thickness (Fig 6). They may appear suddenly during periods of changing
glucose regulation and in association with hypertension.
Venous dilatation may occur as an early sign (see Fig 3) but become
more pronounced as more of the capillary bed is closed. A general
dilatation of the veins is observable even when the retinopathy is very
mild and is to be distinguished from venous beading which is a sign of
preproliferative retinopathy (Fig 7). Beading is indicative of extensive
ischaemia of the retina and manifests as saccular bulges in the wall of
the vein (Fig 7). Fluorescein angiography will invariably show closure
of the capillary bed on either side of the vessel (Fig 8).
Other signs of preproliferative retinopathy retinopathy are dilated
capillaries which can mimic new vessels but are better described as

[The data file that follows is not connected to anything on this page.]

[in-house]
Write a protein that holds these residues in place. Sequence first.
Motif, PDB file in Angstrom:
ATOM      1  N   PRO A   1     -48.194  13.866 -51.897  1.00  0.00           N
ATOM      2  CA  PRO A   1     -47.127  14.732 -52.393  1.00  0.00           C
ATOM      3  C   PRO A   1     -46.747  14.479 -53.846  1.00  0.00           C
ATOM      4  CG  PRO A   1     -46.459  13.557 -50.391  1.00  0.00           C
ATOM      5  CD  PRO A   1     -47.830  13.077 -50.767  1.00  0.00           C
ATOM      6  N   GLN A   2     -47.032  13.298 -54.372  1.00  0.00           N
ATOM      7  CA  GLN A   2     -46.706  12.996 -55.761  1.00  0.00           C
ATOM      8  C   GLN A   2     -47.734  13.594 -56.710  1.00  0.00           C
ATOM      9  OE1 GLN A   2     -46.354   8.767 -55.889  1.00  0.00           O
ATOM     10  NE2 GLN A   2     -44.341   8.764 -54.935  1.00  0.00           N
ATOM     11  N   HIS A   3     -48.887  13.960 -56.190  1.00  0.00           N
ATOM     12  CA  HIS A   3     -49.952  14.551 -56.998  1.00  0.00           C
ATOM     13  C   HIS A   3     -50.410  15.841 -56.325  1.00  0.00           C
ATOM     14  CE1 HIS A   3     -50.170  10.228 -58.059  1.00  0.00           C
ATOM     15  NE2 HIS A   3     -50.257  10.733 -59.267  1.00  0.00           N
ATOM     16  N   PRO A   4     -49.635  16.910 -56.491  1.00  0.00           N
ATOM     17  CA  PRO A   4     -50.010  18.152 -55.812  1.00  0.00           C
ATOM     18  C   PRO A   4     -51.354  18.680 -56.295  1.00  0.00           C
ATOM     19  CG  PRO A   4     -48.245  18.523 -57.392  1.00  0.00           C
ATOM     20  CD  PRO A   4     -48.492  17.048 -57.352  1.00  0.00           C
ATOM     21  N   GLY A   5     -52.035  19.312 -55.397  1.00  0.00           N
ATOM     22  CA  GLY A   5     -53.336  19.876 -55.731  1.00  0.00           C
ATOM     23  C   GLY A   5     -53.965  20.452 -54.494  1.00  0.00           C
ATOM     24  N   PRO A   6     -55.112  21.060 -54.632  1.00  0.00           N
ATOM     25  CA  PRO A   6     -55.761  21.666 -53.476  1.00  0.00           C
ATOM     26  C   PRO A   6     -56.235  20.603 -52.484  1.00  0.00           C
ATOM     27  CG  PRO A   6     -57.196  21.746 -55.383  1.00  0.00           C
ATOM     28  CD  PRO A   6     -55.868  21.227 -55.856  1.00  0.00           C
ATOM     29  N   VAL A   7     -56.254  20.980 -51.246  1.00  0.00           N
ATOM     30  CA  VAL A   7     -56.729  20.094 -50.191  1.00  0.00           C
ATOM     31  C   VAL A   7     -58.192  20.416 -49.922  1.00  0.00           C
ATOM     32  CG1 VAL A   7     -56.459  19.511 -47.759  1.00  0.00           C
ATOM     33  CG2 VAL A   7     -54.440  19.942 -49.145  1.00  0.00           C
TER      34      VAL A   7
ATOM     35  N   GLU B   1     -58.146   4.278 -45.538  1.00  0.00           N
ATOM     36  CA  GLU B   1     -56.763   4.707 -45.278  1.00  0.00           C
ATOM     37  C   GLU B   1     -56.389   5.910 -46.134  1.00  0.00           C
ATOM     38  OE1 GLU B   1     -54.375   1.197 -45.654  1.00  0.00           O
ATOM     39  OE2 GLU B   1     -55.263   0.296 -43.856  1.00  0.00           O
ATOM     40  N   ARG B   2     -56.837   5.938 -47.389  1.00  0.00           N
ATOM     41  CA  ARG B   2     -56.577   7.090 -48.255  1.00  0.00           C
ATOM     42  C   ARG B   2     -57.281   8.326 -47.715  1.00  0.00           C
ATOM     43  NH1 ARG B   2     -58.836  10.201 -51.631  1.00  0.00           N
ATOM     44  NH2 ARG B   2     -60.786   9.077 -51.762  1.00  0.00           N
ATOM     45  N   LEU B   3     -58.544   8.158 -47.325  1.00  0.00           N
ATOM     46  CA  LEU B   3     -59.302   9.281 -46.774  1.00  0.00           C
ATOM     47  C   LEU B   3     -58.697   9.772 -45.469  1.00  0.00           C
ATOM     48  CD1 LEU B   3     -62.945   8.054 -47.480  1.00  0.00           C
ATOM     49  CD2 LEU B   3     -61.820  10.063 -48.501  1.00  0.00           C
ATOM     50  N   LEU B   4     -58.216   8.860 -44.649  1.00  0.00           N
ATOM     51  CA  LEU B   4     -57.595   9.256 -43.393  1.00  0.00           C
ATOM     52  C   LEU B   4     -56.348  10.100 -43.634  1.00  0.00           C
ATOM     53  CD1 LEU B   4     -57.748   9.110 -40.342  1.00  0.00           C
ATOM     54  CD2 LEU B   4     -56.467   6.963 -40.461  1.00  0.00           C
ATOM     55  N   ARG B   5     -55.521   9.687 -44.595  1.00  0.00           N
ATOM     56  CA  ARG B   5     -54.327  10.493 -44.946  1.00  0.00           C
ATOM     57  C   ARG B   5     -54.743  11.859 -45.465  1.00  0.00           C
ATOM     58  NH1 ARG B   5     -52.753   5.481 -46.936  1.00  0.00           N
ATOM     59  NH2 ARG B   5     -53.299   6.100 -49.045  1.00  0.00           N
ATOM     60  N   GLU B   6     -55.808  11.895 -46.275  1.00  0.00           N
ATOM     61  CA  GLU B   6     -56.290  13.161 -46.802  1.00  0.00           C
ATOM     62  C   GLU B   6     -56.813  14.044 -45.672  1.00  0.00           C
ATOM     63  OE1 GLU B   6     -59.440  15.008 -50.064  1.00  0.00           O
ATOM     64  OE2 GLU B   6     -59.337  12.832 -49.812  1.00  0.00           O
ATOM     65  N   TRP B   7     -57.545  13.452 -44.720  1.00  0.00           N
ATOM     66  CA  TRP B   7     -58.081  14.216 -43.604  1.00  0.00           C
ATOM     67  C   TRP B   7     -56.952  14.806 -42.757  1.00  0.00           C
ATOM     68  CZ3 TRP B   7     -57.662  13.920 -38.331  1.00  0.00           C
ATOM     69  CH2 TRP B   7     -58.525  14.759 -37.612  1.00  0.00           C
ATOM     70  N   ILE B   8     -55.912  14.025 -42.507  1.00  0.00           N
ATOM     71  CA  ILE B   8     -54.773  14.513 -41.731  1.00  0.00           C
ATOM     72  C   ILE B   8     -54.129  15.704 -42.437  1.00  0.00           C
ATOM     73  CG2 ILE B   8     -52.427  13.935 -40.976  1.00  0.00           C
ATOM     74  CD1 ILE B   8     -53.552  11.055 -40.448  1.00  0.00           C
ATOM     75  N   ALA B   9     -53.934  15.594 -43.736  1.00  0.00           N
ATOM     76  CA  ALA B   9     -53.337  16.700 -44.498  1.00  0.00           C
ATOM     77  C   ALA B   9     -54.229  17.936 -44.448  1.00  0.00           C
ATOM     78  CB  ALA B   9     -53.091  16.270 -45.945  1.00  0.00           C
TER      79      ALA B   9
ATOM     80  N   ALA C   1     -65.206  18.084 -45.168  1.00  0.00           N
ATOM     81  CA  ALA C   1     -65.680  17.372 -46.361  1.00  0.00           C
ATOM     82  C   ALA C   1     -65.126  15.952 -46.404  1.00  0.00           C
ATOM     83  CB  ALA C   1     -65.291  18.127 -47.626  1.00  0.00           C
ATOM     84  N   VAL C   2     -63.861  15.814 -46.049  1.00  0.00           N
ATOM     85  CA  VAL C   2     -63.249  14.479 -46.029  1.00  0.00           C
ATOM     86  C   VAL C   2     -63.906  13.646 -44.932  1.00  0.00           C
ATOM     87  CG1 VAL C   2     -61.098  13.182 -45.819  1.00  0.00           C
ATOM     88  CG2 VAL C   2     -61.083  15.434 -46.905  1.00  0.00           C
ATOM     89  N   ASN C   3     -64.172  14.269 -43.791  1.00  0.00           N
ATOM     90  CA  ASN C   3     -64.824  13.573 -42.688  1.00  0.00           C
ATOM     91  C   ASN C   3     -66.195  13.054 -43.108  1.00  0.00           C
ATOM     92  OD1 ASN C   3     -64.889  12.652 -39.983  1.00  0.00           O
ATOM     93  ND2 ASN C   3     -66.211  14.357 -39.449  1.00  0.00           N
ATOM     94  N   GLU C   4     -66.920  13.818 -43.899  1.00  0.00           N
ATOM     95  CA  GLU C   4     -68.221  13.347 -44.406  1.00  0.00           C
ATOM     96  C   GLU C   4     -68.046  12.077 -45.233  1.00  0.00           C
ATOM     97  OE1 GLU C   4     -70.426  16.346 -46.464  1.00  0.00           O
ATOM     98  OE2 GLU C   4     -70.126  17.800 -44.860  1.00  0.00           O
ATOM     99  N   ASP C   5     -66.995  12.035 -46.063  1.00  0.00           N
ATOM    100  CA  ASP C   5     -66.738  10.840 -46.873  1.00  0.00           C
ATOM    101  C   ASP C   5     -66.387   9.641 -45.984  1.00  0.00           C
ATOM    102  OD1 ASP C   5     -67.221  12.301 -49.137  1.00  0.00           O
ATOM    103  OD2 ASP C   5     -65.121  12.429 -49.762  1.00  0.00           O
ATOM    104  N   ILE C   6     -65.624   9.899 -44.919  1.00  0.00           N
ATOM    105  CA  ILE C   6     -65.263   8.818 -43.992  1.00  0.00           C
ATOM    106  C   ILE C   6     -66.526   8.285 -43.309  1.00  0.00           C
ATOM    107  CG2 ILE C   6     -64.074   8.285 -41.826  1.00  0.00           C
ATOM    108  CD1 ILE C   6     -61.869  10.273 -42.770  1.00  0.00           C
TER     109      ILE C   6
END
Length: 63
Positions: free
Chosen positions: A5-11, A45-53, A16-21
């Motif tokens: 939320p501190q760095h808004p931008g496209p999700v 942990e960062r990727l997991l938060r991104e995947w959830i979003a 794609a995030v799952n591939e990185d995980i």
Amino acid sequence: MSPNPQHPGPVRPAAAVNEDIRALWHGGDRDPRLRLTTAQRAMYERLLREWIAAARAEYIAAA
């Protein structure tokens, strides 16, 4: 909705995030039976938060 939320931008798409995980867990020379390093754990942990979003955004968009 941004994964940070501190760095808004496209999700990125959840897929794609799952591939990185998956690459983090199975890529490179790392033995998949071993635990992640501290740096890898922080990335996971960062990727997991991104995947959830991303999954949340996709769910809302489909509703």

intraretinal microvascular abnormalities (IRMA) (see Fig 4). They
frequently occur adjacent to CWS's, and may be associated with
other signs such as 'omega' venous loops (Fig 9), venous reduplication
and white lines which represent occluded arterioles (Fig 10). According
to the Early Treatment for Diabetic Retinopathy Study (ETDRS) report,
preproliferative retinopathy is definitely present if the signs conform to
the 1-2-3 rule: i.e.. the presence of venous beading and/or IRMA and/or
large blot haemorrhages in 1-3 quadrants of the fundus.
Precise classifications for the purposes of clinical trials and other
studies based on the Airlie House grading system have used the
following criteria to define each of the grades of BDR:
quadrant, or CWS, venous beading or IRMA definitely present
or venous beading in 2 quadrants; or extensive IRMA in one
However, such classifications are difficult to use in clinical practice on a
routine basis since certain features such as venous beading are common
to both moderate and severe retinopathy. It is preferable, therefore to
consider BDR as either midl or 'low risk' (i.e. not requiring regular close